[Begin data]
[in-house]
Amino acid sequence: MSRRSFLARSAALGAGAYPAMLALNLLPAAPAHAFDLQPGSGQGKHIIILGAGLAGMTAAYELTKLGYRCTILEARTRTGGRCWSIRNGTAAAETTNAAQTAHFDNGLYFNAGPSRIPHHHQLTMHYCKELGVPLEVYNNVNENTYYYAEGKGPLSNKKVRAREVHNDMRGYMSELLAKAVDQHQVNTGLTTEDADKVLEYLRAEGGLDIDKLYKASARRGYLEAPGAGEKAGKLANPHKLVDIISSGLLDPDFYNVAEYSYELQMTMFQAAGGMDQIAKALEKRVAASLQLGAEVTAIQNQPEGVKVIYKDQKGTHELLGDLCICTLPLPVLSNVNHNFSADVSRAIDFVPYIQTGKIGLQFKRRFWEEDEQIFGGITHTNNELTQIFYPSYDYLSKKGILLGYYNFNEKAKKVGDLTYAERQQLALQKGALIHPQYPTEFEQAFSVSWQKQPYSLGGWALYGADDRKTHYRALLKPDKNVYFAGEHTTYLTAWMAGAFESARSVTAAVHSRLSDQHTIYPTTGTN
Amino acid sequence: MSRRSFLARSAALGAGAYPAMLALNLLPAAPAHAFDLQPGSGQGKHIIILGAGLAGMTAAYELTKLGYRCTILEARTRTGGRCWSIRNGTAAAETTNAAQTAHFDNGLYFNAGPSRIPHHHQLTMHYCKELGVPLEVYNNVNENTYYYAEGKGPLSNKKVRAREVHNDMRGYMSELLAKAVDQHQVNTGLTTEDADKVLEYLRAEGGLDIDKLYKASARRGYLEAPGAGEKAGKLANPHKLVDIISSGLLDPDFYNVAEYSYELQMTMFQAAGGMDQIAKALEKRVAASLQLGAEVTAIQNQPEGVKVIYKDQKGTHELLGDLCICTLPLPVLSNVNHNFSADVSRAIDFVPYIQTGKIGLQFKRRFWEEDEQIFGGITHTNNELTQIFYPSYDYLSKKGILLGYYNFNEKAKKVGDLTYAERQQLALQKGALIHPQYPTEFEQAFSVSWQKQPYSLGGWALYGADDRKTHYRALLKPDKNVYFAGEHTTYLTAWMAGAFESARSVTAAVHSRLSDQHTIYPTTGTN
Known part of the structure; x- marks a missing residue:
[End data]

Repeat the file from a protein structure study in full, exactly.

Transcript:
[in-house]
Amino acid sequence: MSRRSFLARSAALGAGAYPAMLALNLLPAAPAHAFDLQPGSGQGKHIIILGAGLAGMTAAYELTKLGYRCTILEARTRTGGRCWSIRNGTAAAETTNAAQTAHFDNGLYFNAGPSRIPHHHQLTMHYCKELGVPLEVYNNVNENTYYYAEGKGPLSNKKVRAREVHNDMRGYMSELLAKAVDQHQVNTGLTTEDADKVLEYLRAEGGLDIDKLYKASARRGYLEAPGAGEKAGKLANPHKLVDIISSGLLDPDFYNVAEYSYELQMTMFQAAGGMDQIAKALEKRVAASLQLGAEVTAIQNQPEGVKVIYKDQKGTHELLGDLCICTLPLPVLSNVNHNFSADVSRAIDFVPYIQTGKIGLQFKRRFWEEDEQIFGGITHTNNELTQIFYPSYDYLSKKGILLGYYNFNEKAKKVGDLTYAERQQLALQKGALIHPQYPTEFEQAFSVSWQKQPYSLGGWALYGADDRKTHYRALLKPDKNVYFAGEHTTYLTAWMAGAFESARSVTAAVHSRLSDQHTIYPTTGTN
Amino acid sequence: MSRRSFLARSAALGAGAYPAMLALNLLPAAPAHAFDLQPGSGQGKHIIILGAGLAGMTAAYELTKLGYRCTILEARTRTGGRCWSIRNGTAAAETTNAAQTAHFDNGLYFNAGPSRIPHHHQLTMHYCKELGVPLEVYNNVNENTYYYAEGKGPLSNKKVRAREVHNDMRGYMSELLAKAVDQHQVNTGLTTEDADKVLEYLRAEGGLDIDKLYKASARRGYLEAPGAGEKAGKLANPHKLVDIISSGLLDPDFYNVAEYSYELQMTMFQAAGGMDQIAKALEKRVAASLQLGAEVTAIQNQPEGVKVIYKDQKGTHELLGDLCICTLPLPVLSNVNHNFSADVSRAIDFVPYIQTGKIGLQFKRRFWEEDEQIFGGITHTNNELTQIFYPSYDYLSKKGILLGYYNFNEKAKKVGDLTYAERQQLALQKGALIHPQYPTEFEQAFSVSWQKQPYSLGGWALYGADDRKTHYRALLKPDKNVYFAGEHTTYLTAWMAGAFESARSVTAAVHSRLSDQHTIYPTTGTN
Known part of the structure; x- marks a missing residue: